On the European Perspective Towards Minorities and Outlanders

, by Ana Filipa

On the European Perspective Towards Minorities and Outlanders
AlmaKrese, CC BY-SA 4.0 <https://creativecommons.org/license...> , via Wikimedia Commons

“Christian, Jew, Muslim, shaman, Zoroastrian, stone, ground, mountain, river, each has a secret way of being with the mystery, unique and not to be judged”
 Jalal ad-Din Rum

One of the human being’s most acute ability is to identify patterns, associate similarities and work with them. The mind categorizes these congruities in groups and predefines an opinion about them. And patterns are everywhere, in nature, in our offices, in us; we learn and improve by observing them, but also often limit ourselves to their data.

Social bigotry comes as a complex consequence of this ability. We acknowledge the common pattern among our group and create a division from those that deviate from our norm. We admit our culture and similitude as the correct archetype and discredit other identities. This is human, as natural as any other instinct. And Europe’s peoples have, wrongfully and repeatedly, used this classification throughout their History.

Indeed, since the continent’s germinal times, Europeans have despised minorities and treated diverging groups as inferior. The ancient Roman Empire called the Nordic outlanders as “Barbarians”, considering these pagan populations less civilized, reasonable or worthy of deference – merely good to serve war strategies and as human resources. The Medieval Inquisition pursued and punished the heretics and the deplorable deviants of Catholicism. During Discoveries, our navigators subjugated other cultures to degrading conditions as they encountered them. This legacy was thus extended overseas – Europeans and their descendants enforced the slavery regime upon indigenous cultures, ruthlessly colonized territories and segregated groups (such as in the Apartheid system), with no respect for human life.

Despite professing the Christian faith and following its values, European peoples easily disregarded and violated individual integrity. Their acts of discrimination seem to have its roots in two conditions: the egocentric belief that one’s nature is superior to all others, and the desire to restrain any challenge or disturb to the current social paradigm. And so, they kept piling up shameful examples of prejudice until a horrendous genocide happened just under Europe’s nose – a product of the fanatical praise of a particular race and the brazen desire to exterminate an inferior minority. Nevertheless, it pushed to a turnaround in this mindset.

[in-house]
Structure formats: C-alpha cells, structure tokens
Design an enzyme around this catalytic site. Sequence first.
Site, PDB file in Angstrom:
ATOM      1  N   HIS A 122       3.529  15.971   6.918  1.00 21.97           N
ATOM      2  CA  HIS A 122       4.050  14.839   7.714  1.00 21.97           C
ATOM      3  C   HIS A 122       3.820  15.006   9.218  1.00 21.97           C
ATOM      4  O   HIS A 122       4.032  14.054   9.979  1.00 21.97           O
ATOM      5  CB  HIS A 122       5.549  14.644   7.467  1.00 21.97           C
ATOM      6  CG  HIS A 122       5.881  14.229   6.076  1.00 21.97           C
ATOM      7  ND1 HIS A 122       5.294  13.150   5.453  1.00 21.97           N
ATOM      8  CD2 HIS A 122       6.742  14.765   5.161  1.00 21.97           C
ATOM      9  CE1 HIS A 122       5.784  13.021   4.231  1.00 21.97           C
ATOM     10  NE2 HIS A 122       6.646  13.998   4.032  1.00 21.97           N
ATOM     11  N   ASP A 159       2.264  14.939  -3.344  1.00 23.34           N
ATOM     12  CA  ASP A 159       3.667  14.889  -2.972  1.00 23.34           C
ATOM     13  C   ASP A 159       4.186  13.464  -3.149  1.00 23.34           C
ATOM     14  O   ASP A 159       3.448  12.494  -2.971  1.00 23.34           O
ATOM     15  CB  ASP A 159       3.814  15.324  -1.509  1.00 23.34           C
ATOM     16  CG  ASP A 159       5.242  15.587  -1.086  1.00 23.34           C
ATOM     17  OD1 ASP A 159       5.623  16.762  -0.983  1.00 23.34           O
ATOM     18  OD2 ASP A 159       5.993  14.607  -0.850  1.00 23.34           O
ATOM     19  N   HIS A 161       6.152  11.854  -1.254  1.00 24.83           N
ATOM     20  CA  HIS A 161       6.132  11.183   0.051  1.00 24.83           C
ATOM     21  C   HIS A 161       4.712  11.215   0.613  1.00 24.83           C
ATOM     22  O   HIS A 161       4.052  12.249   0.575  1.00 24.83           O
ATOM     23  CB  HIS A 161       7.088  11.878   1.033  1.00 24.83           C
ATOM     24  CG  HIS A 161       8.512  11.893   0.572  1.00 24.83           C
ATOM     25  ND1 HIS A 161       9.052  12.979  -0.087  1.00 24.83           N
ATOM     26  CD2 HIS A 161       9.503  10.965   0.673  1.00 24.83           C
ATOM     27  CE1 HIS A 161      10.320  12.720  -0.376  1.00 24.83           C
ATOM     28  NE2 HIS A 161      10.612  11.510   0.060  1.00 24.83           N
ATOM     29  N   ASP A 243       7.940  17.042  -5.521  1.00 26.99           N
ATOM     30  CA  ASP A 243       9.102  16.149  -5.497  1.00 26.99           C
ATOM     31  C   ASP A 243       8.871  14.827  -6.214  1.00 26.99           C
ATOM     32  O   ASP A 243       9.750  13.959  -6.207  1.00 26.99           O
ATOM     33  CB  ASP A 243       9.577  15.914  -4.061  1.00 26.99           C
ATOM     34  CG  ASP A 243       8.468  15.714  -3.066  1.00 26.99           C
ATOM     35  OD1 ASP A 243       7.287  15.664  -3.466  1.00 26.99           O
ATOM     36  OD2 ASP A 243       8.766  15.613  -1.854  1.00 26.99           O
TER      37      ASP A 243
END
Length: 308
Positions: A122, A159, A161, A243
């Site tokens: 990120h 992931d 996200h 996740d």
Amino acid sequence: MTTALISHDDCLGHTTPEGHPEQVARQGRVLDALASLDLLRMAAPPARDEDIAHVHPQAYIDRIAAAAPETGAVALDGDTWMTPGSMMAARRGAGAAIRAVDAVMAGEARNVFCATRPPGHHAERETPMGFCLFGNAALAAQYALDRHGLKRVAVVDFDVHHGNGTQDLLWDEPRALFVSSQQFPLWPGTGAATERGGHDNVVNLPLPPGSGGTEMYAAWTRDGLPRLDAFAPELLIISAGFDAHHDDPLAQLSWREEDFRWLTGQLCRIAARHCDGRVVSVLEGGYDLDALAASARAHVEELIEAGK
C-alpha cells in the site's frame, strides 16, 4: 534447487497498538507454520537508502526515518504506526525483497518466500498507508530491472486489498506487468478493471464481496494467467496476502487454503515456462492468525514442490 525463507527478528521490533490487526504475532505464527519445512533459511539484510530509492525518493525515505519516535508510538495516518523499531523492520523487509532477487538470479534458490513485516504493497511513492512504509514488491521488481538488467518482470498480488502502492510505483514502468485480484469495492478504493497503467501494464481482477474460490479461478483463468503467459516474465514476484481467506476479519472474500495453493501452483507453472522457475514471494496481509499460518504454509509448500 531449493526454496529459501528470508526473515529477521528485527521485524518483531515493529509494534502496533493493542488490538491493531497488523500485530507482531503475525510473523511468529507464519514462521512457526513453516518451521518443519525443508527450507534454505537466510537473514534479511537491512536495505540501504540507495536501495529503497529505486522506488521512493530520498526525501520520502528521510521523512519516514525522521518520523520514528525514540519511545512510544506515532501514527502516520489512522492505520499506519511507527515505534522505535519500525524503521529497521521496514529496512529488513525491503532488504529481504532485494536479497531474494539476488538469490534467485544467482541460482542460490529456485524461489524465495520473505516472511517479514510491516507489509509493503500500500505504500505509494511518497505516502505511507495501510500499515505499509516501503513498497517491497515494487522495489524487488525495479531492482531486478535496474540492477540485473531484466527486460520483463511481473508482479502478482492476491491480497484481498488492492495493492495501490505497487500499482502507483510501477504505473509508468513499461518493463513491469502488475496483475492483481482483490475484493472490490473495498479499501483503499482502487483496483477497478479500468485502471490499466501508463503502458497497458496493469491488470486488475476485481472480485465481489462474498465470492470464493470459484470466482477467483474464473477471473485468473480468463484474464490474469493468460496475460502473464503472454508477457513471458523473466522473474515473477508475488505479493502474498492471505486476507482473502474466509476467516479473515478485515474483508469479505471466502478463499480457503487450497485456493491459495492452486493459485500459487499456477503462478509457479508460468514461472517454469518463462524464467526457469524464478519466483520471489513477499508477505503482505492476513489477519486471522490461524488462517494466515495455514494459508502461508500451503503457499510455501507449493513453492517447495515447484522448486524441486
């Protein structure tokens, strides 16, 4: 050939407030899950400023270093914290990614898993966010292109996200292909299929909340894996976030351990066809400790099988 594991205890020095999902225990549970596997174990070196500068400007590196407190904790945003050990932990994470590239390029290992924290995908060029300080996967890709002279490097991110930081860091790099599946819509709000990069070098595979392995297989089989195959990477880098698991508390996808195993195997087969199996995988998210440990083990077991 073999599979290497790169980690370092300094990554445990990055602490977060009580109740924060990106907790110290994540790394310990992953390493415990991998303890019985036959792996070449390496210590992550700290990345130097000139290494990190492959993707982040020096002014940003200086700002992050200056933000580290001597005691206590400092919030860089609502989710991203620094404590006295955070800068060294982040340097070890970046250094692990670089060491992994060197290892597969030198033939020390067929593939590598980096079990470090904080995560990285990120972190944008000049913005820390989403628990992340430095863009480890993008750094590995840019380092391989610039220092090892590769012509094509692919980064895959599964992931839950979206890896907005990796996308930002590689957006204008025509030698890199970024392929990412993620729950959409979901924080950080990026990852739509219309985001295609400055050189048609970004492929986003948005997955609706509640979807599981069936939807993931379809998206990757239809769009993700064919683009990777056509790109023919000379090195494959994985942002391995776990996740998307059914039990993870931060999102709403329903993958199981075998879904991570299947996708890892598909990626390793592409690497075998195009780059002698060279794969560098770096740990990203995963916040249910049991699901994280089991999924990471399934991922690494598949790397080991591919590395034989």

The aftermath of the II World War exhausted the Old Continent to a shattered, penurious reality. Nations wanted, more than ever, to install and maintain peace, and understood that measures needed to be taken so that conflicts and crimes against Humanity would never again

acquire such scale. Plus, the readjustment of powers in the international stage and the development of the Cold War urged the West to adopt a stance it had never taken before. Strategic alliances have always been formed and there were moments in the past where states understood they had to work together – as for the Treaty of Westphalia or the Congress of Vienna – but the context required a much stronger and lasting compromise. Consequently, from the rubbles of the war, the process of European Integration has begun.

The European Union sought, from the beginning, unanimity through effort and concessions, enabling an unforeseen cooperation between states. It formed thus a philosophy of comprehension and acceptance that regulated peacekeeping but was also extended to the social scope as it became a debate on the European table.

Certainly, states’ first concerns were political stability and recovery from the war. Hence, they drank inspiration from the Universal Declaration of Human Rights and organized the European Convention on Human Rights (ECHR) in 1950. Coming into force three years later and sustained by the interpretation of the European Court of Human Rights, the Convention is, to this day, one of the main instruments to protect human rights and a cornerstone on the development of the continent.

There is no human rights protection if there is no protection from discrimination. If guarantees aren’t extended to all people, regardless of physical, social, economic, cultural or religious traits, there is no real freedom or equality being advocated. At the time, the Council of Europe had this idea very present and explicitly prohibited discrimination in the ECHR.

However, aside from the Convention, the Union did not comprise the human rights sphere in its first works, as its focus was political and economic cooperation. But as the common market started functioning, it brought up many unpredicted issues, and quickly prejudice raised obstacles in the full enjoyment of the open trade. Firstly, measures were taken to grant equal access to employment and to fight discrimination in this context. Soon enough this work was enlarged to grant equal access to the welfare system and to social security, and, finally, to the goods and services. The European Institutions realized that they could have a say on the protection of people's rights and improve their quality of life, so, as their influence widened into more policy areas, rulings to combat a myriad of sorts of discrimination and protect freedom of expression accompanied this growing. In 2000 the Charter of Fundamental Rights of the EU was comprised – an extensive compilation of the social rights of the EU peoples and, specifically, the protection of the most vulnerable groups. Although non-stitching at first, the Treaty of Lisbon made it binding for the EU and the member states when applying the EU law. In a broad sense, the Union’s regulations on this matter are not extensive given its historical legacy, the subjectivity and complexity of the topic. Member states are bind when applying EU- law, and citizens can recur to EU’s instruments if they feel their rights violated. Apart from this, the tolerance field is regulated by national governments.